you're really you are really hurting american companies. and looking at it but we were the ones that closed it. it was done by us. we will see what happens. as a favorite to the president i am absolutely taking a look at it a lot of the stories on trade were incorrectly lit. .. .. >> mr. president, do you have confidence in rod rosenstein? >> what's your next question, please? >> i'm a reporter from -- >> excuse me, i have the president of south korea here, okay? >> yes, i have a question on -- >> he doesn't want to hear these questions, if you don't mind.
>> president trump, i'm a reporter from south korea. how much confidence and trust do you have in my president in playing the mediator role in resolving this north korea issue and the denuclearization process? >> i have great confidence in your president. i think that he's brought a different perspective to the talks with north korea. he wants to be able to make a deal. now, you've had some very hardline administrations, and you have president moon, and you've had others before president moon, who also had more or less this attitude. i think he's a very capable person. i think he's an extremely competent man. i think he's a very good person. and i think he wants to have what's good for the korean peninsula, not just north or south, for the entire korean peninsula. so i have tremendous confidence in president moon. and i think that his way, the way he is, really is helping us to potentially make a deal. whether the deal gets made or not, who knows. it's a deal. who knows. you never know about deals. if you go into deals that are 100% certain, it doesn't happen. if you go into deals that have
no chance, and it happens, and sometimes happens easily. i've made a lot of deals. i know deals, i think, better than anybody knows deals. you never really know. and that's why i say to you. but i will tell you, this is a good man and he is a very capable man. and i think south korea is very lucky to have him. do you want to interpret that for him, so he can hear? because, you know, he's not hearing what we're doing here. go ahead. wait, we'll just let that be interpreted. [speaking in native tongue]
[speaking in native tongue] did i do a good job? i can't do better than that. that's called an a-plus rating, right? i can't do better -- okay, we'll take a couple more. go ahead. >> mr. president, what are your conditions for meeting with kim jong-un? you said you had -- >> well, i'd rather not say. but we are working on something. and, you know, there's a chance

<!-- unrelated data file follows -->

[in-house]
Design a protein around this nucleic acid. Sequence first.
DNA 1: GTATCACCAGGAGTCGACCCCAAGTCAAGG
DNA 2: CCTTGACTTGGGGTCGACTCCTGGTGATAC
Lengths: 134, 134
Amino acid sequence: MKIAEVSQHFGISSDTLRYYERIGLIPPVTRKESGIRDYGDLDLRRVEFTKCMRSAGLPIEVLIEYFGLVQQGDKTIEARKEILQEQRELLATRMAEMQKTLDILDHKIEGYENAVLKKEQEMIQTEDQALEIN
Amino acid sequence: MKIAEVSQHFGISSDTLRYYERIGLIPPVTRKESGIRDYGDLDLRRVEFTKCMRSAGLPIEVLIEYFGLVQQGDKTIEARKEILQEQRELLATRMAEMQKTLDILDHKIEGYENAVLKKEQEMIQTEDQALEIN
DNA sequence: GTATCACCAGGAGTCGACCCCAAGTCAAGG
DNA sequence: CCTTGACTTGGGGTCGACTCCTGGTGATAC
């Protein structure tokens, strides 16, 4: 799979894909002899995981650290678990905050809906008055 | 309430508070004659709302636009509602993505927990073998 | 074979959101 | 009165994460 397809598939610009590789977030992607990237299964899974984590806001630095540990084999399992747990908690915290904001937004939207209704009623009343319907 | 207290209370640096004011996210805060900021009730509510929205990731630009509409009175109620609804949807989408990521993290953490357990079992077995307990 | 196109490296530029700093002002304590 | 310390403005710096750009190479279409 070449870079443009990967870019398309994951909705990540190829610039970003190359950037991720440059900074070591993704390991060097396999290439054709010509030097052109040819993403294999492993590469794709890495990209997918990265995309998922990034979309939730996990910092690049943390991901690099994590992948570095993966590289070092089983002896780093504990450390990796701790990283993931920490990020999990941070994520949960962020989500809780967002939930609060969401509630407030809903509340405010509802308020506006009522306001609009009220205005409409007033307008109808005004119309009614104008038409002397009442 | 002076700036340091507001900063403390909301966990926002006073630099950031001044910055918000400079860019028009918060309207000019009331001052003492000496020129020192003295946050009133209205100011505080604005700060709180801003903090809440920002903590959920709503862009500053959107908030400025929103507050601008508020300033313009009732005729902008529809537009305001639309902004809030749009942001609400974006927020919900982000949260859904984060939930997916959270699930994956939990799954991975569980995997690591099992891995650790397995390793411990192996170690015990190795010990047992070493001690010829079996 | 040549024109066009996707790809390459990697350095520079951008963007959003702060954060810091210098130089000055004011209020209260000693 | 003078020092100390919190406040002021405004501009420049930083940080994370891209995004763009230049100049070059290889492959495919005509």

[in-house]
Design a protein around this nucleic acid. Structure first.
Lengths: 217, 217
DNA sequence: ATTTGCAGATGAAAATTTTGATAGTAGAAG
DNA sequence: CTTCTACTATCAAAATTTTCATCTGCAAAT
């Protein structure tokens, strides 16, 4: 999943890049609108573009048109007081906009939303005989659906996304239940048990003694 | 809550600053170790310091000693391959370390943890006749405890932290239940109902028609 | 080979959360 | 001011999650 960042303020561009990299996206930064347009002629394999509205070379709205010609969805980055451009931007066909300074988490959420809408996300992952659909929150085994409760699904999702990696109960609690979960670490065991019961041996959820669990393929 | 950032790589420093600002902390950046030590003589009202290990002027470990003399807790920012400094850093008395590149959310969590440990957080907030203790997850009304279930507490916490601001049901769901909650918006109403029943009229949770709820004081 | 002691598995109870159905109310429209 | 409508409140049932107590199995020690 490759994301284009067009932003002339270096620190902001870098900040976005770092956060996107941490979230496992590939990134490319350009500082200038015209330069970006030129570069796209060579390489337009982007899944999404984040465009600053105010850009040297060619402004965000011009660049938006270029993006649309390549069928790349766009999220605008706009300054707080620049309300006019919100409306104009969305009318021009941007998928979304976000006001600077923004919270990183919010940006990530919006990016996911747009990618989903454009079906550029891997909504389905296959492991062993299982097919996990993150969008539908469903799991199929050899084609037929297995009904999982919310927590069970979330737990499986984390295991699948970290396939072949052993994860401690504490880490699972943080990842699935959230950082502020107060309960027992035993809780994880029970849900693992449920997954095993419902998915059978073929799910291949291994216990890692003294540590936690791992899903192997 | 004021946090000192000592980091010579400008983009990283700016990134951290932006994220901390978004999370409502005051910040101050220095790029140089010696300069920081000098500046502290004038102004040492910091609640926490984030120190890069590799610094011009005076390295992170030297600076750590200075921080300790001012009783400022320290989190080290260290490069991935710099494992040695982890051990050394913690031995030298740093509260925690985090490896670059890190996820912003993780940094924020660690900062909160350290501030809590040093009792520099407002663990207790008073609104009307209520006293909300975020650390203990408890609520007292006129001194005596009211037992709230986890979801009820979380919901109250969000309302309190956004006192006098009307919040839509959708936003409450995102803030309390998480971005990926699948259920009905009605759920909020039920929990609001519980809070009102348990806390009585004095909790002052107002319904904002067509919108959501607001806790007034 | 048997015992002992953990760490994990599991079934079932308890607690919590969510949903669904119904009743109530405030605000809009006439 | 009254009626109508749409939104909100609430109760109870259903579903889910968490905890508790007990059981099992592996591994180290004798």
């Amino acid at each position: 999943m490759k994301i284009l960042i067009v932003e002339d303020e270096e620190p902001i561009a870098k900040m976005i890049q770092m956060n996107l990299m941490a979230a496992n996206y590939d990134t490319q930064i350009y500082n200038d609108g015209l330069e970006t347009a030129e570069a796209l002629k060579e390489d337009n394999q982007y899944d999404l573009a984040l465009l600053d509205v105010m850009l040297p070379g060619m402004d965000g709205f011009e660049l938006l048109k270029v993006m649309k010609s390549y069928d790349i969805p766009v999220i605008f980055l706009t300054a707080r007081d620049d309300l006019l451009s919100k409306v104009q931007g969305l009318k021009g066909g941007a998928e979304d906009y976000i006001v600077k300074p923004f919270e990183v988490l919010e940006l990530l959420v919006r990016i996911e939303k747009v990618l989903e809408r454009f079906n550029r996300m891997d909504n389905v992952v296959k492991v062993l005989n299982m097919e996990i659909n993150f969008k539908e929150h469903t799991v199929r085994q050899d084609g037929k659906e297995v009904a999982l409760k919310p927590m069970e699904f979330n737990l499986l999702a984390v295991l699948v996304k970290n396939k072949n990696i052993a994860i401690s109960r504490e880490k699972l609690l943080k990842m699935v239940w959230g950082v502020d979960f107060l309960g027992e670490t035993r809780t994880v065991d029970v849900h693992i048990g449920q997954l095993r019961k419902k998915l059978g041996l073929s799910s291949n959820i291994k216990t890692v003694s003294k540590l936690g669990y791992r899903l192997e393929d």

that it will work out. there's a chance, there's a very substantial chance it won't work out. i don't want to waste a lot of time, and i'm sure he doesn't want to waste a lot of time. so there's a very substantial chance that it won't work out, and that's okay. that doesn't mean it won't work out over a period of time. but it may not work out for june 12th. but there's a good chance that we'll have the meeting. >> mr. president, if i could ask you and president moon this question. in terms of denuclearization, should it be an all-in-one? or could it be incremental, with incentives along the way for kim jong-un to denuclearize? >> well, all in one would be nice, i can tell you. i'm not going to go beyond that. it would certainly be better if it were all in one. does it have to be? i don't think i want to totally commit myself. but all in one would be a lot better. [speaking in native tongue]
or at least for physical reasons, over a very short period of time. you know, you do have some physical reasons that it may not be able to do exactly that. so for physical reasons, over a very short period of time. essentially, that would be all in one. >> president trump, i'm a reporter from south korea. if north korea and kim jong-un decide cvid, will you literally guarantee the safety of the regime of north korea? >> i will guarantee his safety. yes, we will guarantee his safety. and we've talked about that from the beginning. he will be safe. he will be happy. his country will be rich. his country will be hardworking and very prosperous. they're very great people.